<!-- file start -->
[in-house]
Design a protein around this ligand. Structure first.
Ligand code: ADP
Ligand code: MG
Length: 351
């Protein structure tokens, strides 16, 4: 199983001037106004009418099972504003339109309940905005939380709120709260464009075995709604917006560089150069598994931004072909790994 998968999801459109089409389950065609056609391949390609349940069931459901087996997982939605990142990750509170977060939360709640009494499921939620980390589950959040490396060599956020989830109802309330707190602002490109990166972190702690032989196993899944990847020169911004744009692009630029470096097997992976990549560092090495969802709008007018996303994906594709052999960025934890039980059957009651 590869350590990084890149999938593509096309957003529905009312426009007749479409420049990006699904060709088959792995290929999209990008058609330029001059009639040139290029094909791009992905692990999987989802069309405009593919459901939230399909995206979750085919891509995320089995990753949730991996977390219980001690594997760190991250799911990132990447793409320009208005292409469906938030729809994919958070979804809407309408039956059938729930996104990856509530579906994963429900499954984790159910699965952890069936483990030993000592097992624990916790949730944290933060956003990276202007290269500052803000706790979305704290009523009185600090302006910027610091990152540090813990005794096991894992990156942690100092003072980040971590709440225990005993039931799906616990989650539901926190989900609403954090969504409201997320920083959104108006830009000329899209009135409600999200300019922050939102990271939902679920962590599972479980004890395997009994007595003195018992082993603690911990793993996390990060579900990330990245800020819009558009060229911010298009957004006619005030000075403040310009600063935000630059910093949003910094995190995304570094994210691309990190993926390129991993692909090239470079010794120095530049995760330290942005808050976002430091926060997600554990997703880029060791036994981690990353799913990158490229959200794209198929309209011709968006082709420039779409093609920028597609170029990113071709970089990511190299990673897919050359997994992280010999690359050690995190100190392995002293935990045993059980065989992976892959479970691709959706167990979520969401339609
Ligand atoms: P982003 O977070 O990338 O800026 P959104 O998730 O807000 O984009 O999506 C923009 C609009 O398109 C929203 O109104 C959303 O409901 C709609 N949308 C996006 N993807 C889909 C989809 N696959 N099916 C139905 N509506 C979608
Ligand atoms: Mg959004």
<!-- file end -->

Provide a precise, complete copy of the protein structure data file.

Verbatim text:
[in-house]
Design a protein around this ligand. Structure first.
Ligand code: ADP
Ligand code: MG
Length: 351
């Protein structure tokens, strides 16, 4: 199983001037106004009418099972504003339109309940905005939380709120709260464009075995709604917006560089150069598994931004072909790994 998968999801459109089409389950065609056609391949390609349940069931459901087996997982939605990142990750509170977060939360709640009494499921939620980390589950959040490396060599956020989830109802309330707190602002490109990166972190702690032989196993899944990847020169911004744009692009630029470096097997992976990549560092090495969802709008007018996303994906594709052999960025934890039980059957009651 590869350590990084890149999938593509096309957003529905009312426009007749479409420049990006699904060709088959792995290929999209990008058609330029001059009639040139290029094909791009992905692990999987989802069309405009593919459901939230399909995206979750085919891509995320089995990753949730991996977390219980001690594997760190991250799911990132990447793409320009208005292409469906938030729809994919958070979804809407309408039956059938729930996104990856509530579906994963429900499954984790159910699965952890069936483990030993000592097992624990916790949730944290933060956003990276202007290269500052803000706790979305704290009523009185600090302006910027610091990152540090813990005794096991894992990156942690100092003072980040971590709440225990005993039931799906616990989650539901926190989900609403954090969504409201997320920083959104108006830009000329899209009135409600999200300019922050939102990271939902679920962590599972479980004890395997009994007595003195018992082993603690911990793993996390990060579900990330990245800020819009558009060229911010298009957004006619005030000075403040310009600063935000630059910093949003910094995190995304570094994210691309990190993926390129991993692909090239470079010794120095530049995760330290942005808050976002430091926060997600554990997703880029060791036994981690990353799913990158490229959200794209198929309209011709968006082709420039779409093609920028597609170029990113071709970089990511190299990673897919050359997994992280010999690359050690995190100190392995002293935990045993059980065989992976892959479970691709959706167990979520969401339609
Ligand atoms: P982003 O977070 O990338 O800026 P959104 O998730 O807000 O984009 O999506 C923009 C609009 O398109 C929203 O109104 C959303 O409901 C709609 N949308 C996006 N993807 C889909 C989809 N696959 N099916 C139905 N509506 C979608
Ligand atoms: Mg959004």